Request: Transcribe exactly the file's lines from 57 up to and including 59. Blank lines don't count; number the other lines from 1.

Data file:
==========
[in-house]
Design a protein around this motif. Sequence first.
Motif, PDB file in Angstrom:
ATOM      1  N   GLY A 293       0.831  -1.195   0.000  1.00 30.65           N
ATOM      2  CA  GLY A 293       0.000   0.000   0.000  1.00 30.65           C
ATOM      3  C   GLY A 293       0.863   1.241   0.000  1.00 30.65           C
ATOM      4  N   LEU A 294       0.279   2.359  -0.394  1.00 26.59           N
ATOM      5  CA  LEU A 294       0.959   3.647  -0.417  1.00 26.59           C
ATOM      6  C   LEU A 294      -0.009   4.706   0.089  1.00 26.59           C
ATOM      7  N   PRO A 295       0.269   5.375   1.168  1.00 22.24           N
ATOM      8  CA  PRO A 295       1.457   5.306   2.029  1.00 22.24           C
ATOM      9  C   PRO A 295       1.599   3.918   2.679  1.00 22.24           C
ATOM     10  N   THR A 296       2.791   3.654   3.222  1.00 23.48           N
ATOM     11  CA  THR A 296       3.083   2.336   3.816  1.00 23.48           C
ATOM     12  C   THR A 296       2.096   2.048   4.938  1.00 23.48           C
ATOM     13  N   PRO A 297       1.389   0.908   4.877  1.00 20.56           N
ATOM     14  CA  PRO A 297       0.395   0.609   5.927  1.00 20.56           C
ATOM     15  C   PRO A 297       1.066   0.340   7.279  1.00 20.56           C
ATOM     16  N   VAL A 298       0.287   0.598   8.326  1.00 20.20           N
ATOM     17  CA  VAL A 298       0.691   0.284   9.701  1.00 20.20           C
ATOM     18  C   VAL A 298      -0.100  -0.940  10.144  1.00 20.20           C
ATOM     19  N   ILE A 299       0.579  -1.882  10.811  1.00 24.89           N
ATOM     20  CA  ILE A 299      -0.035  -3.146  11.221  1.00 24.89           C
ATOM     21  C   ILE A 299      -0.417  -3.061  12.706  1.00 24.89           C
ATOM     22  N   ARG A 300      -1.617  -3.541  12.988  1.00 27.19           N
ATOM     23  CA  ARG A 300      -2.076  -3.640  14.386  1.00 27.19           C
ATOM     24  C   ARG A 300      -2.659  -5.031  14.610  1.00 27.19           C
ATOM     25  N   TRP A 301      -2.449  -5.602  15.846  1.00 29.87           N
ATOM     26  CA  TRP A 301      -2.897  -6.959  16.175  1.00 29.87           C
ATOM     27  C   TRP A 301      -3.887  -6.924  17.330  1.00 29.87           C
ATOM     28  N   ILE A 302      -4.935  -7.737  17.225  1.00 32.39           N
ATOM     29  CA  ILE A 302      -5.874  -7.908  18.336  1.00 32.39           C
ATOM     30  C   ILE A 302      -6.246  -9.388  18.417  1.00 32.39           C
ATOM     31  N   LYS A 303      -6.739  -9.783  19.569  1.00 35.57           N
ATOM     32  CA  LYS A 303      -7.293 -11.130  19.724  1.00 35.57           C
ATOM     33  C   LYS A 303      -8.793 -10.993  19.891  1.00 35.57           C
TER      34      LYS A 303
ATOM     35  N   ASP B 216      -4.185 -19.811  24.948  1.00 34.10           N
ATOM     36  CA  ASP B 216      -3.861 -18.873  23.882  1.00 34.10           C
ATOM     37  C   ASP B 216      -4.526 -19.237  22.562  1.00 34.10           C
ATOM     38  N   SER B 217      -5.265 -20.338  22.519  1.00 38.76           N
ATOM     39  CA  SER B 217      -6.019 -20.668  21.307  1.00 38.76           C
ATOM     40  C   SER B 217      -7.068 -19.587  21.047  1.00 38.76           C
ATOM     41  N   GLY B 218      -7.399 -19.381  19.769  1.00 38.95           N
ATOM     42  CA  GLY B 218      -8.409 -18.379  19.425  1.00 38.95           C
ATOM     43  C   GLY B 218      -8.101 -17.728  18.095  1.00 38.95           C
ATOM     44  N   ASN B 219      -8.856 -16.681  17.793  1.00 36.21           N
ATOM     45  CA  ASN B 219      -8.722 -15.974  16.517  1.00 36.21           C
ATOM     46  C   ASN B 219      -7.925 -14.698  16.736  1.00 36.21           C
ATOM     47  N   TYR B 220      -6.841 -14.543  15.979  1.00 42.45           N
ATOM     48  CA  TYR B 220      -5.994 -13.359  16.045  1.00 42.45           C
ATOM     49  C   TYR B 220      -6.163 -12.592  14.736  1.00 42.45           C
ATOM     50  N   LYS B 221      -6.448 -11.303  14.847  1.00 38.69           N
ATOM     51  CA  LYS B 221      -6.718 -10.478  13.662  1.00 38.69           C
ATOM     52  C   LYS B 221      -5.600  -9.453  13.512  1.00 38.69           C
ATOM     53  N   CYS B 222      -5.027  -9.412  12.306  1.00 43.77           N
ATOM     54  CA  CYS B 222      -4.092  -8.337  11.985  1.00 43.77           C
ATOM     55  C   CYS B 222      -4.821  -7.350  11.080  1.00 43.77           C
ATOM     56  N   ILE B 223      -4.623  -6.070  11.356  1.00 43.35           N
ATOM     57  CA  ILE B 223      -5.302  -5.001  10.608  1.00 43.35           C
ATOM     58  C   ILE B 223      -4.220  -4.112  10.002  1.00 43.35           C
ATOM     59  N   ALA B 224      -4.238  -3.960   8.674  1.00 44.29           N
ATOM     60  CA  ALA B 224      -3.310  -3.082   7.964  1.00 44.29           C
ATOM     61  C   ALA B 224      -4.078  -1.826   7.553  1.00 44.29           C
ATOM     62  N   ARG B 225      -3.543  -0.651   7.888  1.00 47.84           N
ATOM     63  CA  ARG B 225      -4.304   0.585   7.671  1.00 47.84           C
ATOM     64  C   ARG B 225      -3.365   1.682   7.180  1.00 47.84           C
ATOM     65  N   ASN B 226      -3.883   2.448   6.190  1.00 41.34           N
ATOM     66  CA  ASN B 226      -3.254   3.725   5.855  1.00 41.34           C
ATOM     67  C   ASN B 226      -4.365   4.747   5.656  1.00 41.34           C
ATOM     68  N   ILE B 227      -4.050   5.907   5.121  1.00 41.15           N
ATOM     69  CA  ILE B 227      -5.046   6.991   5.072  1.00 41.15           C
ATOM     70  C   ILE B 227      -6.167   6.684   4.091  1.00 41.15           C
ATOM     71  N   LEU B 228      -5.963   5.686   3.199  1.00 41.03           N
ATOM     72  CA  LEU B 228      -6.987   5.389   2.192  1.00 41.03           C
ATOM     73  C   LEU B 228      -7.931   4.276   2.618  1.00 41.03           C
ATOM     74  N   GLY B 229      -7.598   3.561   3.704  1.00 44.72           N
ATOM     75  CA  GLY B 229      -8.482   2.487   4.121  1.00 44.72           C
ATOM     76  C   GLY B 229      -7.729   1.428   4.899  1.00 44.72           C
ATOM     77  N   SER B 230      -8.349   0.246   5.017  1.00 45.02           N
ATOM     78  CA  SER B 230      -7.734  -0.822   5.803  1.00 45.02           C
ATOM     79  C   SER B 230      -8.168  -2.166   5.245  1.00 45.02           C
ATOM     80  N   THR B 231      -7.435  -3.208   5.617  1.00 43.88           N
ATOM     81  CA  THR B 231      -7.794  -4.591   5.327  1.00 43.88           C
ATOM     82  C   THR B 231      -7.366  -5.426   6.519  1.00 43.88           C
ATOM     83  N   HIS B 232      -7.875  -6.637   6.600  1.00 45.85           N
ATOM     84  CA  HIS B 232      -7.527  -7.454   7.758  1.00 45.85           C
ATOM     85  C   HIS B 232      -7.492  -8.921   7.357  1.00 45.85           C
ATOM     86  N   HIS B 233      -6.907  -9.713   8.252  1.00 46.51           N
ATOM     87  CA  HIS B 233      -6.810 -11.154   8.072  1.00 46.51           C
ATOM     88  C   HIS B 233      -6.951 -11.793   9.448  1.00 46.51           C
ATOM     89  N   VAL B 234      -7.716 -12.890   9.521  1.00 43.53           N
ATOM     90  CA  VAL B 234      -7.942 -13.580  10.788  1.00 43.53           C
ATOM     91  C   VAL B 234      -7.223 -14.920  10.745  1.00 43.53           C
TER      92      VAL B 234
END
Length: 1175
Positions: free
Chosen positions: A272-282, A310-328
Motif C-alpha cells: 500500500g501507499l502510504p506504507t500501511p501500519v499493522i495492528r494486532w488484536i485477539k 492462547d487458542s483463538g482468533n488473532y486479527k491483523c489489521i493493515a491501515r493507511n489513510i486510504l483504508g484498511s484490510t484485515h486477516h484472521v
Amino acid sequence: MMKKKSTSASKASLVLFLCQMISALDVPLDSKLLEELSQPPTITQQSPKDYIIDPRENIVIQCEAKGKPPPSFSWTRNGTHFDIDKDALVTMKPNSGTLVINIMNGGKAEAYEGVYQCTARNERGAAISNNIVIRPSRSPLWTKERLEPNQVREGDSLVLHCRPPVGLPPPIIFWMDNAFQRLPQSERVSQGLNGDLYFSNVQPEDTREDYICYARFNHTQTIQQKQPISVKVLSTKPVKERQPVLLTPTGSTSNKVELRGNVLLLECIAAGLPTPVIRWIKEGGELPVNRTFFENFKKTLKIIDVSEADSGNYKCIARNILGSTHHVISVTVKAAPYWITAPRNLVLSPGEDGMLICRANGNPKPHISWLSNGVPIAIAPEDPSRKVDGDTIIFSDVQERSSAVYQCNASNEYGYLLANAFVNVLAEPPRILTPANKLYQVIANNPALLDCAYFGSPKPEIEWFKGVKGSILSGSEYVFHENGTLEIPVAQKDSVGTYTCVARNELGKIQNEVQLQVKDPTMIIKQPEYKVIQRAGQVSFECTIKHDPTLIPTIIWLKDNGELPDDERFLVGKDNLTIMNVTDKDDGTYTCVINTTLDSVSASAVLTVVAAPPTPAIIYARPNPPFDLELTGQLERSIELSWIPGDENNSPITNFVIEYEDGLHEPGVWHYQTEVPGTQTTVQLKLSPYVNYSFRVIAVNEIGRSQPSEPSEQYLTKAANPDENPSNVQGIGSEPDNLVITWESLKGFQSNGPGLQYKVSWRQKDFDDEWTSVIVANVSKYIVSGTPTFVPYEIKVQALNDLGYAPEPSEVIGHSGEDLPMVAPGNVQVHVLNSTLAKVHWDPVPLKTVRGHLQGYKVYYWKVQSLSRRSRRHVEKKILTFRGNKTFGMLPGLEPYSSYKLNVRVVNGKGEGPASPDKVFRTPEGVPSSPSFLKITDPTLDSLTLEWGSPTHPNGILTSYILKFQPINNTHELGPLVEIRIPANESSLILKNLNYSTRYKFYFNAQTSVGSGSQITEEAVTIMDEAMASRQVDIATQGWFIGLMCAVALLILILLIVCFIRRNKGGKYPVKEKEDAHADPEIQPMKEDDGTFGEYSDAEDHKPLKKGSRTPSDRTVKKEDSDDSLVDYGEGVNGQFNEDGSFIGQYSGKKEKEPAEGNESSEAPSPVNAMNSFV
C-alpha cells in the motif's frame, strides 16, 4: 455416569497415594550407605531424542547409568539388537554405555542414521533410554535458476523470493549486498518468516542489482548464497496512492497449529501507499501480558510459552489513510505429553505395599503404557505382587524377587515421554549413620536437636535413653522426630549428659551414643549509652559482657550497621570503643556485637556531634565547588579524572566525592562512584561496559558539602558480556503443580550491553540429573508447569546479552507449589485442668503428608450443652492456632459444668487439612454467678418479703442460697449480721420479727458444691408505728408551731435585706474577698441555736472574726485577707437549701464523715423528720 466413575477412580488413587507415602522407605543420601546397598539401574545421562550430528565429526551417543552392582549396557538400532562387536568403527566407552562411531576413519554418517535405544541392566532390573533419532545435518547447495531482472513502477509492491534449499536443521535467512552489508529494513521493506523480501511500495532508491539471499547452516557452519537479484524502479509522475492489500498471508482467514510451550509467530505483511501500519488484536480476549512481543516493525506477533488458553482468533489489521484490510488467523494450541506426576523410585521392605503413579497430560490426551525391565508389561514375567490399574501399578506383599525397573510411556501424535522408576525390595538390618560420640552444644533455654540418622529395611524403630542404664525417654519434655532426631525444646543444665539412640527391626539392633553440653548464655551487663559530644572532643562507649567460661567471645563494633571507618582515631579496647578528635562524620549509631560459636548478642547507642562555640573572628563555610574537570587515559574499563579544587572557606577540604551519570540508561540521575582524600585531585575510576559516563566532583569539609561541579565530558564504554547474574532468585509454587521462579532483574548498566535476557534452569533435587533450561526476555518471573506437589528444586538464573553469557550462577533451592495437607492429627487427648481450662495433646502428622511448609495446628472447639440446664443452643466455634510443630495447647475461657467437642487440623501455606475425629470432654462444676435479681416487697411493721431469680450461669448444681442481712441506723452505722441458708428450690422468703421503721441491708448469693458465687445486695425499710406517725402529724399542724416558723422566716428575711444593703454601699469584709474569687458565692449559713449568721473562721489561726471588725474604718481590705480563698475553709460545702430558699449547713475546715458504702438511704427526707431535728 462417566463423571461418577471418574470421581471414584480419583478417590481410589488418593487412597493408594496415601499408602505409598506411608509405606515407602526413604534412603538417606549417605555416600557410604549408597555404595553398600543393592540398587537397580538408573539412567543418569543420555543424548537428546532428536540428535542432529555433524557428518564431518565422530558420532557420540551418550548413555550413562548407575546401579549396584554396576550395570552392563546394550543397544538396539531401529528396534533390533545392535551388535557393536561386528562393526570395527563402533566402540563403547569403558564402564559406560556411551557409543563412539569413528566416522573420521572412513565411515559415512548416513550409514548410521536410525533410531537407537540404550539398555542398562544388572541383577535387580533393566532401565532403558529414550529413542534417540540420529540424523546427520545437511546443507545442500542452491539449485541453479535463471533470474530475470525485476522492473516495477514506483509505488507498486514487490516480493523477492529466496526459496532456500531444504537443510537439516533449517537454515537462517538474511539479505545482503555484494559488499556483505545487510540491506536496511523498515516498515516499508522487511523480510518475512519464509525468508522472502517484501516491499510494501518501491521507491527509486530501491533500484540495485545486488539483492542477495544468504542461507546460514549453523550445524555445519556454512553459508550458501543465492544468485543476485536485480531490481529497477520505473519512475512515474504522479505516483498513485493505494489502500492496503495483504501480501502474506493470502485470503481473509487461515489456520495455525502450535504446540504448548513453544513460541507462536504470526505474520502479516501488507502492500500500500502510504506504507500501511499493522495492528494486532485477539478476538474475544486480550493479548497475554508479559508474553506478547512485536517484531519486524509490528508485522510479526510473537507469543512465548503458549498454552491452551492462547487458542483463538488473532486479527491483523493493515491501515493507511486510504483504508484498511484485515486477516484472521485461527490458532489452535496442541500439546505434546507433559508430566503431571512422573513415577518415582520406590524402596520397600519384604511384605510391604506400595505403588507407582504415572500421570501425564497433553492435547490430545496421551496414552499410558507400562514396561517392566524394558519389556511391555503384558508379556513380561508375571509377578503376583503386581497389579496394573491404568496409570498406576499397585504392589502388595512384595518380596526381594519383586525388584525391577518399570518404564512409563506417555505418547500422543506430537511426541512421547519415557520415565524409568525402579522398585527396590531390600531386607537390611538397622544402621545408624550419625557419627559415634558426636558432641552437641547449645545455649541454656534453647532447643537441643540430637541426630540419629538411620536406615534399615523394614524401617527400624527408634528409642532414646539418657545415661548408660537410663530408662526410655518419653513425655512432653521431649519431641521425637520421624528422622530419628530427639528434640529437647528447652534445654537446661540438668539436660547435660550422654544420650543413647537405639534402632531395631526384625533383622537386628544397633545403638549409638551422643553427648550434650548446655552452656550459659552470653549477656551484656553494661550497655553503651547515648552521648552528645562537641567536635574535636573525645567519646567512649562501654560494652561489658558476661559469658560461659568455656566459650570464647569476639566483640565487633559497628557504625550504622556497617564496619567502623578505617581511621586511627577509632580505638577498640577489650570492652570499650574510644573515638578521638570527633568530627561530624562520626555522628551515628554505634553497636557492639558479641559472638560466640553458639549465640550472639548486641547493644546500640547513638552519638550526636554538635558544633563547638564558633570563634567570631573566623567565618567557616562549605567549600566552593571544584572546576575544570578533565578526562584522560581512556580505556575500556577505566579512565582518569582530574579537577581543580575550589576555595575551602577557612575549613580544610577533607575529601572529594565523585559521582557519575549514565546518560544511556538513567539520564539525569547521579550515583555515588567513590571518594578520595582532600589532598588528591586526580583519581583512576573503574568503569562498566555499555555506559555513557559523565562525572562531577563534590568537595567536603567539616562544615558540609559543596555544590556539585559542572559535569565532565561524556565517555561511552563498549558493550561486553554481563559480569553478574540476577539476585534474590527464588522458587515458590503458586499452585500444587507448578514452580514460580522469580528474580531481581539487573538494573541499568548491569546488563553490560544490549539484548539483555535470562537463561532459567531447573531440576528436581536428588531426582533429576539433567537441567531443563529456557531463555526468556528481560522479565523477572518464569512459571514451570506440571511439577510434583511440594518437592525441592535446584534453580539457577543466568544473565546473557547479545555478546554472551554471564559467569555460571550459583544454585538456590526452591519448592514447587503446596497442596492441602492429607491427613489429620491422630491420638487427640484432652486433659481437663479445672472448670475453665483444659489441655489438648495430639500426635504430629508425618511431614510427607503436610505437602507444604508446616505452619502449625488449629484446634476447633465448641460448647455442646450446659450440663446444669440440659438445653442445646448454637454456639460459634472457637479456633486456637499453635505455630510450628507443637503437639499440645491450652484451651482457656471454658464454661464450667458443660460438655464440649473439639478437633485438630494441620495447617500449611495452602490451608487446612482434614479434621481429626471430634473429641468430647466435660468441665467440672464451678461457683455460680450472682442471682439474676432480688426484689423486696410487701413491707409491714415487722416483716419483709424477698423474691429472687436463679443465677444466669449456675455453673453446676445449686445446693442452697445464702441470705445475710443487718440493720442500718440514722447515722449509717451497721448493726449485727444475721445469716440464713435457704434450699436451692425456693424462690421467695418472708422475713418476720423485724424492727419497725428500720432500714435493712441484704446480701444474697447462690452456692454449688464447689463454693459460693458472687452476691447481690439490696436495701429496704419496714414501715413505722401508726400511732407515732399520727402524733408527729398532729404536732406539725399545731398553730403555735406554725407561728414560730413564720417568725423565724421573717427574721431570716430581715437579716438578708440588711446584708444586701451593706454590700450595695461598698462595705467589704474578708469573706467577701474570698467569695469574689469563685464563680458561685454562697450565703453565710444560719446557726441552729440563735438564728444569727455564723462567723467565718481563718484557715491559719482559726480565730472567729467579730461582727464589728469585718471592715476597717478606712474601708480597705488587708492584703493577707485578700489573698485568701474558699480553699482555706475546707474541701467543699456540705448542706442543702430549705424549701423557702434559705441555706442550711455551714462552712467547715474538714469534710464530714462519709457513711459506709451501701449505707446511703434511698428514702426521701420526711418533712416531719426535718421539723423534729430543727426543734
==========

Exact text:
ATOM     54  CA  CYS B 222      -4.092  -8.337  11.985  1.00 43.77           C
ATOM     55  C   CYS B 222      -4.821  -7.350  11.080  1.00 43.77           C
ATOM     56  N   ILE B 223      -4.623  -6.070  11.356  1.00 43.35           N